Off-site storage of the backup-only external hard drive is definitely recommended--I need to do it that way myself! Taking the drive to a non-attached garage should do the trick. Elsewhere, such as a bank vault, would of course be better, but accessibility would suffer.

I have another external hard drive to put my photo archive on. Size needed would depend on your needs; mine are not large at this point.

__________________
Lehman57
Register to Reply
Power-User

Join Date: May 2013
Posts: 293
Good Answers: 3
#22
In reply to #16

Re: Backing Up My Computer Online - Advice Please!

03/14/2014 3:45 PM

You can also download for free versions that are a bit crippled for Western Digital and Seagate. To use the software you must have one of those drives in your computer. You can upgrade to the full-blown version for less following this route.

Acronis is widely concidered the best at this time.

Register to Reply
3
Guru

Join Date: Jun 2011
Location: Phnom Penh
Posts: 4019
Good Answers: 102
#17

Re: Backing Up My Computer Online - Advice Please!

03/14/2014 10:40 AM
__________________
Difficulty is not an obstacle it is merely an attribute.
Register to Reply Good Answer (Score 3)
Guru

Join Date: Aug 2008
Location: England & Ireland
Posts: 1063
Good Answers: 60
#18
In reply to #17

Re: Backing Up My Computer Online - Advice Please!

03/14/2014 11:09 AM

Hilarious!

Register to Reply
Guru

Join Date: Jun 2011
Location: Phnom Penh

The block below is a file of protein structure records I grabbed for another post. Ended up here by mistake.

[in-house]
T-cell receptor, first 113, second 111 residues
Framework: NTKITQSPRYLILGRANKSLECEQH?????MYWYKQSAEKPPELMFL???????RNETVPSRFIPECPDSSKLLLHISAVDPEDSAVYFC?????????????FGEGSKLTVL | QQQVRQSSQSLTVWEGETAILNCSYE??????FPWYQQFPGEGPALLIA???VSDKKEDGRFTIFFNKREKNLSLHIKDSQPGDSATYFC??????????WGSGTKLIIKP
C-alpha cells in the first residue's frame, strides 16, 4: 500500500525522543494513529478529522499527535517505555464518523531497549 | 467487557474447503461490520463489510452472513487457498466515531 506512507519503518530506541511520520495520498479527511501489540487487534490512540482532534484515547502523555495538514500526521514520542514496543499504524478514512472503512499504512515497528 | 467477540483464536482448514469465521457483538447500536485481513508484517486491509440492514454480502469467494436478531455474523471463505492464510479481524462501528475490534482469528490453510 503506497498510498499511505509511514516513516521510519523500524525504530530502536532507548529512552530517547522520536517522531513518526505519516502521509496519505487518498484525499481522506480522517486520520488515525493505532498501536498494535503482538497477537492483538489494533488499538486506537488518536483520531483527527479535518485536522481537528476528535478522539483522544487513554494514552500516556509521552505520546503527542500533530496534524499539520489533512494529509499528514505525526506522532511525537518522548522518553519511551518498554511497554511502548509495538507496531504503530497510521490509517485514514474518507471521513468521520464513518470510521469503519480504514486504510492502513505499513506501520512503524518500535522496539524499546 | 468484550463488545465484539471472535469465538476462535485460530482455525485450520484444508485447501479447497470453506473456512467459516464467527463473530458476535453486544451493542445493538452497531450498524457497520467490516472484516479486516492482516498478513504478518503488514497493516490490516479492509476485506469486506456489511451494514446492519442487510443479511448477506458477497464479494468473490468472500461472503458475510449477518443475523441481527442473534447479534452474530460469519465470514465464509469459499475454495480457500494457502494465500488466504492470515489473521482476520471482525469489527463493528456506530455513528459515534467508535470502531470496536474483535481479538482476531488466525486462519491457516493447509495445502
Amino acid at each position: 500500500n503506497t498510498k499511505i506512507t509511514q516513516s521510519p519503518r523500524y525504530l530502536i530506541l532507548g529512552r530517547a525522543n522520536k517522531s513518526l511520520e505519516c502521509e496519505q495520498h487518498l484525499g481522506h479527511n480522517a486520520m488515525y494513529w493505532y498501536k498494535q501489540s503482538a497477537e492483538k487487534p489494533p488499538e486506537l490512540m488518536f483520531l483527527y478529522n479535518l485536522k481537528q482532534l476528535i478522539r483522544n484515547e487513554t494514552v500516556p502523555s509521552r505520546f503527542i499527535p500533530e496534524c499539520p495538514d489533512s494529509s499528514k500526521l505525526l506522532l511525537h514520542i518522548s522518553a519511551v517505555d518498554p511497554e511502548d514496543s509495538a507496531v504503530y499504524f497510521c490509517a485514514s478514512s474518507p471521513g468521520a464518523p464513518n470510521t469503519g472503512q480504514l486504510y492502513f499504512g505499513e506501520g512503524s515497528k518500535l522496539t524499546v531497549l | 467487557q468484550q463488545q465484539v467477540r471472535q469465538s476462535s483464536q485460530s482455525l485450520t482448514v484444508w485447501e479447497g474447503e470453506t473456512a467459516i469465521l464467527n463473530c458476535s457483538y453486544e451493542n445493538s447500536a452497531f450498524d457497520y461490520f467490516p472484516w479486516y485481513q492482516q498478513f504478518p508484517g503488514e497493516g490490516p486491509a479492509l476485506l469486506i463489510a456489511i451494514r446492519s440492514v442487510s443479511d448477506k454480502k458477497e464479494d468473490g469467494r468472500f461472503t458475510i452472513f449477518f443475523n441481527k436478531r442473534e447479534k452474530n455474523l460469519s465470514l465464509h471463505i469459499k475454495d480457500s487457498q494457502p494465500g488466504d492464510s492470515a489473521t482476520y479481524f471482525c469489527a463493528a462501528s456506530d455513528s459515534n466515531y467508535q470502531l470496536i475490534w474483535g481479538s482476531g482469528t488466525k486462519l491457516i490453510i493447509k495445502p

Posts: 4019
Good Answers: 102
#24
In reply to #18

Re: Backing Up My Computer Online - Advice Please!

03/14/2014 11:12 PM

Sure is.

The first time I enjoyed that piece was when it was shown as a training video at work.

Mr Clease and his team do some good OSHA videos too.

__________________
Difficulty is not an obstacle it is merely an attribute.
Register to Reply
Guru

Join Date: Oct 2008
Posts: 42296
Good Answers: 1663
#21
In reply to #17

Re: Backing Up My Computer Online - Advice Please!

03/14/2014 12:57 PM
Register to Reply
2
Power-User

Join Date: May 2013
Posts: 293
Good Answers: 3
#19

Re: Backing Up My Computer Online - Advice Please!

03/14/2014 11:30 AM

Funny how all your advice is so one sided. They are all correct! There are many reasons why you should keep your own data. Just because a salesman says your data is safer with his company doesn't make it so. I know from stories that is a lie. My favorite is about Microsoft. Maybe 8-10 years ago they must have had a total failure of Hotmail/msn cloud. No one got their data back. They refused to recognize there was a problem. They blamed the customer implying that their case was unique so they must be the problem. These included commercial accounts where MS maintained complete company's email. Do you really think Carbonite is more reliable than MS? Corporations were given a free year if they complained enough.

You can't backup your hard disk the way you are trying to do it. CD and DVD folder rules are more limited than hard disk folder rules. You must upgrade before you will have success.